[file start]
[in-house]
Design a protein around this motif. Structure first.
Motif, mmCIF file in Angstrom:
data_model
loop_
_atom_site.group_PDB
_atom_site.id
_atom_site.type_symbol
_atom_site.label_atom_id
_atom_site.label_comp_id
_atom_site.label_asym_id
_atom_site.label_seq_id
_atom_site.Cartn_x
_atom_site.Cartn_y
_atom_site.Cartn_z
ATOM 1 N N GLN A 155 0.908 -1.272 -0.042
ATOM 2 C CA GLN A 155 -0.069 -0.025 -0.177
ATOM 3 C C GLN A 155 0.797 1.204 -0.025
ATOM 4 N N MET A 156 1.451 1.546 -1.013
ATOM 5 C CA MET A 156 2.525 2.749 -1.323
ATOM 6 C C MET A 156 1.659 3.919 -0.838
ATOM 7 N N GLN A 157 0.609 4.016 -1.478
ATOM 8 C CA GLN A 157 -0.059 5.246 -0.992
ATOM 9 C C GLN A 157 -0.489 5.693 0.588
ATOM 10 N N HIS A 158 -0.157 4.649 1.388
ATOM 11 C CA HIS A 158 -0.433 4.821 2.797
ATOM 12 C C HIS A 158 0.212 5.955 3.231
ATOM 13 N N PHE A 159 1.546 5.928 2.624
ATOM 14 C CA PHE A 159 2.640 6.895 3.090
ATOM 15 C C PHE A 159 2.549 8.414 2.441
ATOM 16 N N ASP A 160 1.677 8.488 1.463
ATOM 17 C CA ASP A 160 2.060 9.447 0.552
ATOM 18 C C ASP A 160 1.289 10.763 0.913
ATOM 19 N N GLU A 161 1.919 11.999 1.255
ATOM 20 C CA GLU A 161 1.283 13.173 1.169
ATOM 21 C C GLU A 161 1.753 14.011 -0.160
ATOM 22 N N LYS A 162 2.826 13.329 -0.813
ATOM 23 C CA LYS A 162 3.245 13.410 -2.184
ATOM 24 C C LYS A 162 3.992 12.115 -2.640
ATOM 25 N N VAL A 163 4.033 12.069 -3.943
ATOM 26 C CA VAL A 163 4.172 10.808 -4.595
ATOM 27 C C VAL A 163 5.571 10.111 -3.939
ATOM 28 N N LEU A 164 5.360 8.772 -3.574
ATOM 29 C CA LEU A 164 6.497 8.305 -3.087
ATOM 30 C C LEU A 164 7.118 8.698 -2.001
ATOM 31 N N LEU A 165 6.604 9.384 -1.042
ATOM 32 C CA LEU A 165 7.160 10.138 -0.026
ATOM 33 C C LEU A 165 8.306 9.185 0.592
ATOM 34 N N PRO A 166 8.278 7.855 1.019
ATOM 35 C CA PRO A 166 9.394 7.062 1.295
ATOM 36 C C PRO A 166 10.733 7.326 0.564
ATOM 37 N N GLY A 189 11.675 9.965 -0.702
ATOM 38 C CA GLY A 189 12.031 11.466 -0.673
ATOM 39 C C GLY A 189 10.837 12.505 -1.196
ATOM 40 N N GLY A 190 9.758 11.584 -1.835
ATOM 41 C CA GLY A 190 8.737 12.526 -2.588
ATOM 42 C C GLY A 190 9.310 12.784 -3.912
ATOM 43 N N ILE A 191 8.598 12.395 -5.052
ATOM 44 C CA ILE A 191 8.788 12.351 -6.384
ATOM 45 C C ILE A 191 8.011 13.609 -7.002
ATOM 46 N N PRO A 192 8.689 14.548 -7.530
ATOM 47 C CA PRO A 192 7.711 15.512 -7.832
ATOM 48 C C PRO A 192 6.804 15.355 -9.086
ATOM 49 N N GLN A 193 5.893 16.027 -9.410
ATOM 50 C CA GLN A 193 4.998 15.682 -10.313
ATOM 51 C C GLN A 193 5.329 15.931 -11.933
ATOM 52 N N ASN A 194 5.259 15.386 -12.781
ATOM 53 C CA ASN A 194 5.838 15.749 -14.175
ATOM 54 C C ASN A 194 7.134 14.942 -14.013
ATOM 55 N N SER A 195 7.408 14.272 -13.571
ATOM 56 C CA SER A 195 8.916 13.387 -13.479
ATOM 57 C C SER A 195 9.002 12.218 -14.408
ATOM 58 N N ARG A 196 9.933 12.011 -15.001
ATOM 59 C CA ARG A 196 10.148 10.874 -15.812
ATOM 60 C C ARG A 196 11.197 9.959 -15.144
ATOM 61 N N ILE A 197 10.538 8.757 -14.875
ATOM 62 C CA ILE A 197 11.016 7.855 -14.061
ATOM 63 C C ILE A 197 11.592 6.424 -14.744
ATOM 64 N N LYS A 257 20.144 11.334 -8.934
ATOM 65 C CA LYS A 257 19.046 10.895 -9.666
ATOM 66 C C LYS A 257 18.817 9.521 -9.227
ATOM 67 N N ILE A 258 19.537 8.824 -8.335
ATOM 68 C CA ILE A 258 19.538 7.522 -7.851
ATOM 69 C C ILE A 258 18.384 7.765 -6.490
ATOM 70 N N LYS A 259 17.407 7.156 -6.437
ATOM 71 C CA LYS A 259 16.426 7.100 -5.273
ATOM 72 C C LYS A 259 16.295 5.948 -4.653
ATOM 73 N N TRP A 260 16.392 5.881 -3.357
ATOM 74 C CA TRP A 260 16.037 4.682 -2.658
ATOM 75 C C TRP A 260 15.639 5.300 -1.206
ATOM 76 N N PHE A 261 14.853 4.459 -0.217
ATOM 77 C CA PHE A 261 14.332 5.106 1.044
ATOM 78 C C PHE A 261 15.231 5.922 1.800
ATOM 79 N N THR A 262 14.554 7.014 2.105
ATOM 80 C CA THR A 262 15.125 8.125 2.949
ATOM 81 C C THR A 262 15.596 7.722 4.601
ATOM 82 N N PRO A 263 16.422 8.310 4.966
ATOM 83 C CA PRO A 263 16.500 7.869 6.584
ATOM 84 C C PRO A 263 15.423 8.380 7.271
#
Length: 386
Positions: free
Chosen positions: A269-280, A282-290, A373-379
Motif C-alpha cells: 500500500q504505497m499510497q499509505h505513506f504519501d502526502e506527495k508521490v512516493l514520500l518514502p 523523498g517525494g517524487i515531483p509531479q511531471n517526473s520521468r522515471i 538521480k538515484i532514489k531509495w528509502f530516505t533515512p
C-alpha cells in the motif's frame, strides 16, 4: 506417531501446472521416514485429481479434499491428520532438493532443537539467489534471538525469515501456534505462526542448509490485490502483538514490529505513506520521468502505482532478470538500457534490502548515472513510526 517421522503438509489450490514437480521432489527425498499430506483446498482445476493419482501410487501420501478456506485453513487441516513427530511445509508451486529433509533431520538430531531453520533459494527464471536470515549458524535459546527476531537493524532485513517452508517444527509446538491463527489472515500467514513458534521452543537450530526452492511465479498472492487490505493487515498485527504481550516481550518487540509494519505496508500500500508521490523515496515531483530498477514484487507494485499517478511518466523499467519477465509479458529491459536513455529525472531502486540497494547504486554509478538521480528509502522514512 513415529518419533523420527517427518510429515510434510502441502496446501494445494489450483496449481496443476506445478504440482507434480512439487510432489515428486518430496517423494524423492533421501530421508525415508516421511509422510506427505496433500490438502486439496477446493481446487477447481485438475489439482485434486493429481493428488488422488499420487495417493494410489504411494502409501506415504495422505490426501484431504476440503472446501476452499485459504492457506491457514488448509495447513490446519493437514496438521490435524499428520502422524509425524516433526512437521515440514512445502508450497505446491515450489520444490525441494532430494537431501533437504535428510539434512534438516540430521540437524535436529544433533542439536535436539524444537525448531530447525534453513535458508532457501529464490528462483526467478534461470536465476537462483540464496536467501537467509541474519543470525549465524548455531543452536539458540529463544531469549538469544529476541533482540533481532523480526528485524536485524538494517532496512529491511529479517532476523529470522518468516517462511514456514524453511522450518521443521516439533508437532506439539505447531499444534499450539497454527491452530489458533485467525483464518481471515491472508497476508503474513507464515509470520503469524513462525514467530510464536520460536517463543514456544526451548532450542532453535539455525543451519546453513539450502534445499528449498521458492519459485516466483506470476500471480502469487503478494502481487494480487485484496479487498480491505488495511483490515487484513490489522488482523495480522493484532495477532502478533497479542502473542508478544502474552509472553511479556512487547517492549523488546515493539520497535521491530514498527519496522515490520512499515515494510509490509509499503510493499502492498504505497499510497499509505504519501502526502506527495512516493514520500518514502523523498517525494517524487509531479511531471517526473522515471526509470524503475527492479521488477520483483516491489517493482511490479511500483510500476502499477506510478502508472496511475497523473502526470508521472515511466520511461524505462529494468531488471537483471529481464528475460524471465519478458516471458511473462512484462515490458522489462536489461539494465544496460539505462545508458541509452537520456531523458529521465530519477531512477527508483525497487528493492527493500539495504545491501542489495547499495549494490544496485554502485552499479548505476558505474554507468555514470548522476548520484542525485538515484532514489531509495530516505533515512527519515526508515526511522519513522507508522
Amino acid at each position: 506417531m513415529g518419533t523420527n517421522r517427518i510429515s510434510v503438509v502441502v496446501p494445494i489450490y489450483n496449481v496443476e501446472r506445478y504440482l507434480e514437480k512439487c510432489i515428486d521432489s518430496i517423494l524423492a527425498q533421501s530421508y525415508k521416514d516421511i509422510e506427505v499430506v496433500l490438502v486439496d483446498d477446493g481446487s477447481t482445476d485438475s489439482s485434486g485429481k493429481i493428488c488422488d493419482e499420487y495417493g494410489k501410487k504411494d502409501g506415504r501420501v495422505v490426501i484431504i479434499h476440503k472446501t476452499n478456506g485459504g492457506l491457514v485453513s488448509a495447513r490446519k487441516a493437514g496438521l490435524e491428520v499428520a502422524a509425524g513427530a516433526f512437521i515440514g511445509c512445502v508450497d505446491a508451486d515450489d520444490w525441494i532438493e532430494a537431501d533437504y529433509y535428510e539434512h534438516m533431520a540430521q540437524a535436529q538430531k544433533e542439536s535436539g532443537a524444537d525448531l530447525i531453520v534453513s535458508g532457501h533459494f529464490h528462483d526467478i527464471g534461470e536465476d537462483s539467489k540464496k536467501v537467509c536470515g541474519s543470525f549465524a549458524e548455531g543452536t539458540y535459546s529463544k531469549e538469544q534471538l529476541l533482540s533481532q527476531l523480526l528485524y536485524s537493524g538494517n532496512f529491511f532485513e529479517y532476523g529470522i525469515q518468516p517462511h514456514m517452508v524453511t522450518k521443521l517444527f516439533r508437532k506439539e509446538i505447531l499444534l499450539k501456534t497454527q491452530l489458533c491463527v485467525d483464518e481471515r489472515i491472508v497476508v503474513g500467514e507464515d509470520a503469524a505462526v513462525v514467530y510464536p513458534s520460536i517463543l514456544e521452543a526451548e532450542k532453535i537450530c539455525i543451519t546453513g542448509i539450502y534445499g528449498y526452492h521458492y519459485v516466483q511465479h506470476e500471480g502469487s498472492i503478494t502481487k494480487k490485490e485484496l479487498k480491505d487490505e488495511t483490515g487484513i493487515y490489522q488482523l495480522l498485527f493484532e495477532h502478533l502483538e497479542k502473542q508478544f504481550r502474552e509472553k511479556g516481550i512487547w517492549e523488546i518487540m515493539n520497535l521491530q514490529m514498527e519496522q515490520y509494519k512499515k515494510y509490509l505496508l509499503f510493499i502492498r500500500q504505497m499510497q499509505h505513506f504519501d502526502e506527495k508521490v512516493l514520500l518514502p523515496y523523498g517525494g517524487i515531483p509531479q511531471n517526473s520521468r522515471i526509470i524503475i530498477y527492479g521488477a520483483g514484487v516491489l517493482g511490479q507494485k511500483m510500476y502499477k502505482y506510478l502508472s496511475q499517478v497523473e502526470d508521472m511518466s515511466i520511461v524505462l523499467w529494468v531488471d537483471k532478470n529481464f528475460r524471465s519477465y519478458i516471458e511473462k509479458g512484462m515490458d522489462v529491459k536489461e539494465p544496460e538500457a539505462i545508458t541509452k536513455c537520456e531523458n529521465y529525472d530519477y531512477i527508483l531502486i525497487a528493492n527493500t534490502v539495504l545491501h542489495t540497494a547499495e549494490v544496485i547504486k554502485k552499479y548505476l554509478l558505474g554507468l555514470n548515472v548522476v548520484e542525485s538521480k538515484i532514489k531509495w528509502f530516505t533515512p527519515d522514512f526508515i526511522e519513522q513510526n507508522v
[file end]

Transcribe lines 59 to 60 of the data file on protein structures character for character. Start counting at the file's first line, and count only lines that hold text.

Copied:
ATOM 44 C CA ILE A 191 8.788 12.351 -6.384
ATOM 45 C C ILE A 191 8.011 13.609 -7.002